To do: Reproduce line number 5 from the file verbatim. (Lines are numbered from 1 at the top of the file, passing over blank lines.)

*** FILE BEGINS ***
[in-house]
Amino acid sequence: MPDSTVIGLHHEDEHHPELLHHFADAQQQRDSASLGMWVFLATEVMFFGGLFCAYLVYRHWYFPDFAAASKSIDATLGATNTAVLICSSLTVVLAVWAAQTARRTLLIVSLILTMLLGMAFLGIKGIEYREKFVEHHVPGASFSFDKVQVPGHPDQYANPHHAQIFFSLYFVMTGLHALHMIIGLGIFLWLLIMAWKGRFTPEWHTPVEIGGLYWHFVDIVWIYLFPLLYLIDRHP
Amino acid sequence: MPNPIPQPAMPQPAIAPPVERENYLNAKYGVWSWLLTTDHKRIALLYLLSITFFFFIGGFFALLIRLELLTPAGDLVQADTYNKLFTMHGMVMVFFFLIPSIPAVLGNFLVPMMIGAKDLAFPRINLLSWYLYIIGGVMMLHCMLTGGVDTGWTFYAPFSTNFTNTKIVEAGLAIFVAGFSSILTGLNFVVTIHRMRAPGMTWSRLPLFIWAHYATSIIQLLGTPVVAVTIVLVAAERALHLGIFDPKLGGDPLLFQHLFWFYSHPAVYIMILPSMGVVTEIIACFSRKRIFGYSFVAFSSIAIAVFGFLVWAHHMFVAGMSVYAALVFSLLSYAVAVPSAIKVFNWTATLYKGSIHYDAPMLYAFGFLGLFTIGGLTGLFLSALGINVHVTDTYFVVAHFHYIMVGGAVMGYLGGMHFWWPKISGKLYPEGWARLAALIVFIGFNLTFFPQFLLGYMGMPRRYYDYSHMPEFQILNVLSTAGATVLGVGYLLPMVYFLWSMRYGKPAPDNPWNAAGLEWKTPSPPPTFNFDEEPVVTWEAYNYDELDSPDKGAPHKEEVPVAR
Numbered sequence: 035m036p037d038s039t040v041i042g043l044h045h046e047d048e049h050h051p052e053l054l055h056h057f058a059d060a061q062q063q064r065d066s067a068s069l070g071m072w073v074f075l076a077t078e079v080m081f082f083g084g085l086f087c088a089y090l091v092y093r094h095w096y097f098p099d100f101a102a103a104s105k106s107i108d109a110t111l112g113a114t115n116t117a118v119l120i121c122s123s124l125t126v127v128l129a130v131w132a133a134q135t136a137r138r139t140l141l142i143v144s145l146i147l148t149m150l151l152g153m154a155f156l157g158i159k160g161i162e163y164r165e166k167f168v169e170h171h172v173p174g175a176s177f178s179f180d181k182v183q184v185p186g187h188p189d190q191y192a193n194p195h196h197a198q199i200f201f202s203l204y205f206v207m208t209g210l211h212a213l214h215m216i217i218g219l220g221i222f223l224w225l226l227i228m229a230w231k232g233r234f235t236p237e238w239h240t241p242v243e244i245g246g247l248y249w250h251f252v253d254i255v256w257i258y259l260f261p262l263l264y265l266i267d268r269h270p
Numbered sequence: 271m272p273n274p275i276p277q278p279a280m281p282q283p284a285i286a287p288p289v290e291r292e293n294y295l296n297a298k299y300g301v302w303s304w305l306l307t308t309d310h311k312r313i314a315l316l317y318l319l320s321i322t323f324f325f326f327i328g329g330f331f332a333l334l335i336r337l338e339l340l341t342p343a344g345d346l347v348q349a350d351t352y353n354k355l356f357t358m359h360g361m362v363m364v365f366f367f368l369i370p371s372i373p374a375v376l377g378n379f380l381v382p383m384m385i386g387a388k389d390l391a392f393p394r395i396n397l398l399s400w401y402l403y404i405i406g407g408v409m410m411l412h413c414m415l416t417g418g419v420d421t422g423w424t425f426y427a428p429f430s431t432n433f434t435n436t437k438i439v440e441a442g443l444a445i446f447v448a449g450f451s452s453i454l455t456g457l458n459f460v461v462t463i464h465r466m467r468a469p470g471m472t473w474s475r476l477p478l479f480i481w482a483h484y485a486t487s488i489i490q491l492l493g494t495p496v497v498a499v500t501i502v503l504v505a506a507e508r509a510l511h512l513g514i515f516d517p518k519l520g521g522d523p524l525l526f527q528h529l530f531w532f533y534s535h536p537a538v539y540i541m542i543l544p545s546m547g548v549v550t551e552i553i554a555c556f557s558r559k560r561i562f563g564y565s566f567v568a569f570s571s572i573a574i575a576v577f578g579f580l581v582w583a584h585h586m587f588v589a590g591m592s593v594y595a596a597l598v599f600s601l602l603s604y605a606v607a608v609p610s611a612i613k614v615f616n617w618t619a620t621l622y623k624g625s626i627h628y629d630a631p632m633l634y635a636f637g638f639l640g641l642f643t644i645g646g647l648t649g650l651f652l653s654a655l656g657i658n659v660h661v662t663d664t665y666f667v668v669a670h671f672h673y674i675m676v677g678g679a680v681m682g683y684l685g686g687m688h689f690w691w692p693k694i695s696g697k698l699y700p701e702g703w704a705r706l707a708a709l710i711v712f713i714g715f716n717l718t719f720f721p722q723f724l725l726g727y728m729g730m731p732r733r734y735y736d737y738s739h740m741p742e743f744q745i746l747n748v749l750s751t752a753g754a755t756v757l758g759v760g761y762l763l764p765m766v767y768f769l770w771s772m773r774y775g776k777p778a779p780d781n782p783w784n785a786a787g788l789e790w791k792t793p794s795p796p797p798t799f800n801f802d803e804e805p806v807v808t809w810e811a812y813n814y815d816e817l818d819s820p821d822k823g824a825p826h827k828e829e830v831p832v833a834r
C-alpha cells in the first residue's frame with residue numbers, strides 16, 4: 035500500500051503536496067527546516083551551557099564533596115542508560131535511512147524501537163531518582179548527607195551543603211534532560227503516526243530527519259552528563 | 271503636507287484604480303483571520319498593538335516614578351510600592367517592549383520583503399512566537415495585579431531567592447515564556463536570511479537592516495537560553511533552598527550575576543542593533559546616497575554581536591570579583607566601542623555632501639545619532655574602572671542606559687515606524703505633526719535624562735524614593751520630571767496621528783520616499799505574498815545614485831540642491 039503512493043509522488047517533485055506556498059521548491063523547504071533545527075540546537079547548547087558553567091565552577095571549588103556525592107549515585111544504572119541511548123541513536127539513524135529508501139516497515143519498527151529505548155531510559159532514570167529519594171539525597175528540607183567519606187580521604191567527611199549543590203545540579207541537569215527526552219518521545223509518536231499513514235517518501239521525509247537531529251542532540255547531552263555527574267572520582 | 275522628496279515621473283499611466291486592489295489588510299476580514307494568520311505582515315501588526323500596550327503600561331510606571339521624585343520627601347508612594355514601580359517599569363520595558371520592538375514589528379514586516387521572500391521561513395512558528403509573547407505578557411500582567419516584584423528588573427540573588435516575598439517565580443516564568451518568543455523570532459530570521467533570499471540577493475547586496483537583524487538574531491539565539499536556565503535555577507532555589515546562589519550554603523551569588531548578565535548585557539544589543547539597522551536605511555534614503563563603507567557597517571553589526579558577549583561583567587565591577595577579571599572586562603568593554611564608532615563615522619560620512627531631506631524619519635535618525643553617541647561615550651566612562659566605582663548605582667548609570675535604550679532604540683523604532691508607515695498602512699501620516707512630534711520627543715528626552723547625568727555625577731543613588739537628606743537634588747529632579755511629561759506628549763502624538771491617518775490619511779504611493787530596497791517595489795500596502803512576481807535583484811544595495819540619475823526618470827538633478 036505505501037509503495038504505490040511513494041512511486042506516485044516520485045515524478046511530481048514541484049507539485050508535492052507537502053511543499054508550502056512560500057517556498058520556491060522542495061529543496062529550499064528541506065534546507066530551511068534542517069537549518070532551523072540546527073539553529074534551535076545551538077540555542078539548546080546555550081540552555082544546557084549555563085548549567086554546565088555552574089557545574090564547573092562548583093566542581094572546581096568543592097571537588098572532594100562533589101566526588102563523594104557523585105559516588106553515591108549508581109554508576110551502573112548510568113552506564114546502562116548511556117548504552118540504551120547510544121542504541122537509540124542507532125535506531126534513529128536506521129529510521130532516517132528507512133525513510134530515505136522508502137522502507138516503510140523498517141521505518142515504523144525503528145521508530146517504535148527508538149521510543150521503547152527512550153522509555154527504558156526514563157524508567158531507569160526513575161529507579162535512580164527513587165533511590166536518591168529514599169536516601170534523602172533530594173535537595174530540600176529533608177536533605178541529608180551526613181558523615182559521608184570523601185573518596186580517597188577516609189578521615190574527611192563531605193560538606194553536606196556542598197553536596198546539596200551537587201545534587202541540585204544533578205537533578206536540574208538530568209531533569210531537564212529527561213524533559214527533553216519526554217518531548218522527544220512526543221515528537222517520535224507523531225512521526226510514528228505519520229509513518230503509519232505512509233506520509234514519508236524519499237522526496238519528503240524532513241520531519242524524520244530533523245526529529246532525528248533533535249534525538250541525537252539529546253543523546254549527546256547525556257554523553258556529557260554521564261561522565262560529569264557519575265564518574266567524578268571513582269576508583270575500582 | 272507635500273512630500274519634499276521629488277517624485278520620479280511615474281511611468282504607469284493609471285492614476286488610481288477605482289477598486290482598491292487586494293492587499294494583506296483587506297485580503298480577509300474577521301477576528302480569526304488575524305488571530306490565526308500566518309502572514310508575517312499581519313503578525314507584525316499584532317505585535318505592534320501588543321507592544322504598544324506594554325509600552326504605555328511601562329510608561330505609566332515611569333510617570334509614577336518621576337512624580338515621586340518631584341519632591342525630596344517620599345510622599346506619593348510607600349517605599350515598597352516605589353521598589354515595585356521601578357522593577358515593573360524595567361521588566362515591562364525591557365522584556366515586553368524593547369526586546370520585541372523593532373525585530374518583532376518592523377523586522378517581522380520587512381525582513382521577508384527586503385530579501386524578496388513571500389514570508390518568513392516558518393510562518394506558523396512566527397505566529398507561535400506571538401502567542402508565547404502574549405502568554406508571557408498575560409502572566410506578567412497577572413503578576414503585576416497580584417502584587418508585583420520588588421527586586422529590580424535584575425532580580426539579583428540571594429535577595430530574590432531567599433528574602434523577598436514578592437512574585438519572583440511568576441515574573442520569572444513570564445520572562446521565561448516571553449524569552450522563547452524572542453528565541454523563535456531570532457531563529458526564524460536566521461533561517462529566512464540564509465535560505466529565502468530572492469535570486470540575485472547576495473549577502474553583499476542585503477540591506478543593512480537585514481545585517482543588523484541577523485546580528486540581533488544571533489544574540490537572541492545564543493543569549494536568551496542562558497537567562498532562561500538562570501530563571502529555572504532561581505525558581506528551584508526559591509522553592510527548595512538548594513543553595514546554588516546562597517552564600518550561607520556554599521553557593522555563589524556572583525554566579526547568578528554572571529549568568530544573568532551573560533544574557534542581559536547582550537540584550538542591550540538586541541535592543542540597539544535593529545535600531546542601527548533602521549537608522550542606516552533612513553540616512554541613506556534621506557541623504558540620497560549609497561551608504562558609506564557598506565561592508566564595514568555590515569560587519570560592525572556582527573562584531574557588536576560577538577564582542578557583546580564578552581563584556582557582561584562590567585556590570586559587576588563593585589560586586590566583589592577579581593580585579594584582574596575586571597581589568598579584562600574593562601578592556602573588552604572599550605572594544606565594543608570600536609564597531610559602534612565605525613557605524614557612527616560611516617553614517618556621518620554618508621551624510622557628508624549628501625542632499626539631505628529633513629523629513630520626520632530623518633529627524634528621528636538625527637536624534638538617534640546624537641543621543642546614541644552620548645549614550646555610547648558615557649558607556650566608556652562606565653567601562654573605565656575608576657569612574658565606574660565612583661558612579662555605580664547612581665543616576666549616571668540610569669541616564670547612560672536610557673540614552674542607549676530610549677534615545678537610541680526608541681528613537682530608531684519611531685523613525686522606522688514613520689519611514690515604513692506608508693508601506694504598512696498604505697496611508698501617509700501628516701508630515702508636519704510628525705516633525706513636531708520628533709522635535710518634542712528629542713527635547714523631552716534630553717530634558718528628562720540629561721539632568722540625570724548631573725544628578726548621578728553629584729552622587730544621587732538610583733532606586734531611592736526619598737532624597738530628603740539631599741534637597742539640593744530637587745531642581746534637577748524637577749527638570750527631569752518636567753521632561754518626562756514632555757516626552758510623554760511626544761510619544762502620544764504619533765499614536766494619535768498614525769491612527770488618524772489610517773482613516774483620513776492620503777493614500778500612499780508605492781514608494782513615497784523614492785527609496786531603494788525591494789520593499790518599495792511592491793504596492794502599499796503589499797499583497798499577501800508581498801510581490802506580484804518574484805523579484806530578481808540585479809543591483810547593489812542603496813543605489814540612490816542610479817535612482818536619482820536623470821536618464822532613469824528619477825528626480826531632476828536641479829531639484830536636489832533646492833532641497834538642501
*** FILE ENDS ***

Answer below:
Numbered sequence: 271m272p273n274p275i276p277q278p279a280m281p282q283p284a285i286a287p288p289v290e291r292e293n294y295l296n297a298k299y300g301v302w303s304w305l306l307t308t309d310h311k312r313i314a315l316l317y318l319l320s321i322t323f324f325f326f327i328g329g330f331f332a333l334l335i336r337l338e339l340l341t342p343a344g345d346l347v348q349a350d351t352y353n354k355l356f357t358m359h360g361m362v363m364v365f366f367f368l369i370p371s372i373p374a375v376l377g378n379f380l381v382p383m384m385i386g387a388k389d390l391a392f393p394r395i396n397l398l399s400w401y402l403y404i405i406g407g408v409m410m411l412h413c414m415l416t417g418g419v420d421t422g423w424t425f426y427a428p429f430s431t432n433f434t435n436t437k438i439v440e441a442g443l444a445i446f447v448a449g450f451s452s453i454l455t456g457l458n459f460v461v462t463i464h465r466m467r468a469p470g471m472t473w474s475r476l477p478l479f480i481w482a483h484y485a486t487s488i489i490q491l492l493g494t495p496v497v498a499v500t501i502v503l504v505a506a507e508r509a510l511h512l513g514i515f516d517p518k519l520g521g522d523p524l525l526f527q528h529l530f531w532f533y534s535h536p537a538v539y540i541m542i543l544p545s546m547g548v549v550t551e552i553i554a555c556f557s558r559k560r561i562f563g564y565s566f567v568a569f570s571s572i573a574i575a576v577f578g579f580l581v582w583a584h585h586m587f588v589a590g591m592s593v594y595a596a597l598v599f600s601l602l603s604y605a606v607a608v609p610s611a612i613k614v615f616n617w618t619a620t621l622y623k624g625s626i627h628y629d630a631p632m633l634y635a636f637g638f639l640g641l642f643t644i645g646g647l648t649g650l651f652l653s654a655l656g657i658n659v660h661v662t663d664t665y666f667v668v669a670h671f672h673y674i675m676v677g678g679a680v681m682g683y684l685g686g687m688h689f690w691w692p693k694i695s696g697k698l699y700p701e702g703w704a705r706l707a708a709l710i711v712f713i714g715f716n717l718t719f720f721p722q723f724l725l726g727y728m729g730m731p732r733r734y735y736d737y738s739h740m741p742e743f744q745i746l747n748v749l750s751t752a753g754a755t756v757l758g759v760g761y762l763l764p765m766v767y768f769l770w771s772m773r774y775g776k777p778a779p780d781n782p783w784n785a786a787g788l789e790w791k792t793p794s795p796p797p798t799f800n801f802d803e804e805p806v807v808t809w810e811a812y813n814y815d816e817l818d819s820p821d822k823g824a825p826h827k828e829e830v831p832v833a834r